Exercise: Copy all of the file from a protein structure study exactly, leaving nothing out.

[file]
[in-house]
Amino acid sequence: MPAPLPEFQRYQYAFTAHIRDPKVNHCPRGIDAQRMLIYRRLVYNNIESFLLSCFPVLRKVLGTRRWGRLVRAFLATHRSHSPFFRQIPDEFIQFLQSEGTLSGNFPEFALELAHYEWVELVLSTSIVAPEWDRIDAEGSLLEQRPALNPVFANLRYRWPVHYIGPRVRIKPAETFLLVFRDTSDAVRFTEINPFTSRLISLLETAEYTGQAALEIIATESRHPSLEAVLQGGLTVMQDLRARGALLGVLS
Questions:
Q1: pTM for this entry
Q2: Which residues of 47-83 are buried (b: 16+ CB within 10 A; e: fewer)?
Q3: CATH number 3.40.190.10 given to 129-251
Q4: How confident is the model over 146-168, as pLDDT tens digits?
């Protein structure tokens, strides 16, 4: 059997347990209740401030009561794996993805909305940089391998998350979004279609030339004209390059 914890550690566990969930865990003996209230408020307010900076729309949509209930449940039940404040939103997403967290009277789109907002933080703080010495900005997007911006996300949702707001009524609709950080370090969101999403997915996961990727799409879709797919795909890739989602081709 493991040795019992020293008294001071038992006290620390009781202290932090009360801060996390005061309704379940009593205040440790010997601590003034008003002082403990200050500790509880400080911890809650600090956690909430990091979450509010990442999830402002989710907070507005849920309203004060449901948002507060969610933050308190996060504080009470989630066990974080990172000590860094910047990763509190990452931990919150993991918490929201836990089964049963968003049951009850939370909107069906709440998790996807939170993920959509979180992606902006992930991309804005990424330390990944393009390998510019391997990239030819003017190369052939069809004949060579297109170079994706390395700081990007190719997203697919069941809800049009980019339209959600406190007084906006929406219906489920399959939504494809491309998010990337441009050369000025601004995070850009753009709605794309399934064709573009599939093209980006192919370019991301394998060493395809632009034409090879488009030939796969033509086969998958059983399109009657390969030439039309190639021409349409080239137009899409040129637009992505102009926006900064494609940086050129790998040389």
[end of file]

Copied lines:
[in-house]
Amino acid sequence: MPAPLPEFQRYQYAFTAHIRDPKVNHCPRGIDAQRMLIYRRLVYNNIESFLLSCFPVLRKVLGTRRWGRLVRAFLATHRSHSPFFRQIPDEFIQFLQSEGTLSGNFPEFALELAHYEWVELVLSTSIVAPEWDRIDAEGSLLEQRPALNPVFANLRYRWPVHYIGPRVRIKPAETFLLVFRDTSDAVRFTEINPFTSRLISLLETAEYTGQAALEIIATESRHPSLEAVLQGGLTVMQDLRARGALLGVLS
Questions:
Q1: pTM for this entry
Q2: Which residues of 47-83 are buried (b: 16+ CB within 10 A; e: fewer)?
Q3: CATH number 3.40.190.10 given to 129-251
Q4: How confident is the model over 146-168, as pLDDT tens digits?
């Protein structure tokens, strides 16, 4: 059997347990209740401030009561794996993805909305940089391998998350979004279609030339004209390059 914890550690566990969930865990003996209230408020307010900076729309949509209930449940039940404040939103997403967290009277789109907002933080703080010495900005997007911006996300949702707001009524609709950080370090969101999403997915996961990727799409879709797919795909890739989602081709 493991040795019992020293008294001071038992006290620390009781202290932090009360801060996390005061309704379940009593205040440790010997601590003034008003002082403990200050500790509880400080911890809650600090956690909430990091979450509010990442999830402002989710907070507005849920309203004060449901948002507060969610933050308190996060504080009470989630066990974080990172000590860094910047990763509190990452931990919150993991918490929201836990089964049963968003049951009850939370909107069906709440998790996807939170993920959509979180992606902006992930991309804005990424330390990944393009390998510019391997990239030819003017190369052939069809004949060579297109170079994706390395700081990007190719997203697919069941809800049009980019339209959600406190007084906006929406219906489920399959939504494809491309998010990337441009050369000025601004995070850009753009709605794309399934064709573009599939093209980006192919370019991301394998060493395809632009034409090879488009030939796969033509086969998958059983399109009657390969030439039309190639021409349409080239137009899409040129637009992505102009926006900064494609940086050129790998040389």